The U.S. tradeshow industry will experience modest growth this year, with steam picking up in 2014 and 2015—unless there are changes in Washington, D.C. In that case, the picture is much rosier.
That was the forecast released by the Center for Exhibition Industry and Research (CEIR) on Thursday at its annual Predict Conference in New York City.
CEIR economists offered a primary forecast predicting a 1.1-percent increase in its index of metrics evaluating the tradeshow industry in 2013, 2.1-percent growth in 2014 and 3.2-percent growth in 2015. A second “alternative” forecast was also created in the case that President Barack Obama and the U.S. Congress complete a “grand bargain” that would restore some of the federal spending slashed earlier this year.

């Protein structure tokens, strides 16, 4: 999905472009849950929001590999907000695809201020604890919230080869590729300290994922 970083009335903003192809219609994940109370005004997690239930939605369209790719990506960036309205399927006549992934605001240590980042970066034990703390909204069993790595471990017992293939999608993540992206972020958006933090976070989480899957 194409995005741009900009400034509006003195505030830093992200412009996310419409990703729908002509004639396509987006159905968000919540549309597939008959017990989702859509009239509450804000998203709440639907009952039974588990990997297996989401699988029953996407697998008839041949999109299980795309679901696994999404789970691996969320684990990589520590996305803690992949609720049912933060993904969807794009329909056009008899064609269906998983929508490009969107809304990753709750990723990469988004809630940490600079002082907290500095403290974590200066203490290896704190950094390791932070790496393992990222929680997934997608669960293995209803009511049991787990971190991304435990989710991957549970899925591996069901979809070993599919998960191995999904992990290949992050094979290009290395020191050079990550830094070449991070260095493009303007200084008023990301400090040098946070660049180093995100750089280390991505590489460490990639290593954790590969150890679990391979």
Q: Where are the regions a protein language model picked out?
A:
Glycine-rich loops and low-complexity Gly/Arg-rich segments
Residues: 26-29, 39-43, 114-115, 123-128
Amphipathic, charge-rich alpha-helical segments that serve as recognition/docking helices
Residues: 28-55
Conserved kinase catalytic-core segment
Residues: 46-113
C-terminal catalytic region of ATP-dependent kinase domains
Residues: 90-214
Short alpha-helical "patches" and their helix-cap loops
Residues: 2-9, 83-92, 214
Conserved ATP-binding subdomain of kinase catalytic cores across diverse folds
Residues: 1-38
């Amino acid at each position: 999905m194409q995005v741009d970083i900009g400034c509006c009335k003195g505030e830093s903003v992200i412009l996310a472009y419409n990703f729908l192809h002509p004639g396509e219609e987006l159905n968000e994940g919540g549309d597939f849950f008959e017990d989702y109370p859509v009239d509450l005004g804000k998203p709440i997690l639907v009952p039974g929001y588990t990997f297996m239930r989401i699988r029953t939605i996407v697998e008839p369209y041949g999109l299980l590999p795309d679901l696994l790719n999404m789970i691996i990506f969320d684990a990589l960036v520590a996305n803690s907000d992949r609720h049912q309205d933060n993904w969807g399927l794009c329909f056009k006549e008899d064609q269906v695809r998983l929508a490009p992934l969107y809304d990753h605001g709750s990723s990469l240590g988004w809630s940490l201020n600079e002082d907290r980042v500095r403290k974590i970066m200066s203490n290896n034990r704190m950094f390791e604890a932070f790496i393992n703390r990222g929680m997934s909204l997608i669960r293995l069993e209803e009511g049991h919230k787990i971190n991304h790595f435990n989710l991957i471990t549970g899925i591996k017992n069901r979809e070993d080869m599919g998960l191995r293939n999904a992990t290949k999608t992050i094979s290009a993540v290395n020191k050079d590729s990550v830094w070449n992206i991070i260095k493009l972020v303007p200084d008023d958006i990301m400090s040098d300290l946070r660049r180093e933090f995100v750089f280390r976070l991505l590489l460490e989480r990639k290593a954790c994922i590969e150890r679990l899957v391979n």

Given that boost of private sector confidence, the outlook is much rosier as CEIR would predict an alternative 2.1-percent growth this year, followed by 2.7-percent growth next year. Both forecasts, however, project the same 3.2-percent upswing across the board in 2015.
The biggest difference in the two forecasts deals with real revenue. While CEIR economists predict the tradeshow industry will generate $11.8 billion by 2015, that number jumps by nearly $300 million if the elusive “grand bargain” can be reached in Washington, D.C.
According to the baseline forecast, shows serving the financial sector and the homebuilding industries will have the best performances in 2013 with 4.3-percent growth in the former and 3.4-percent growth in the latter. Tradeshows in the government and education sectors will suffer most with government-related shows declining 2.4 percent and education shows falling 2.5 percent in 2013.
According to CEIR’s more optimistic alternative forecast, exhibitions that serve the consumer and investment sector would benefit the most. Government and education sector shows would still decline in 2013, but at a lower rate. Education-related shows might even see increases by 2015.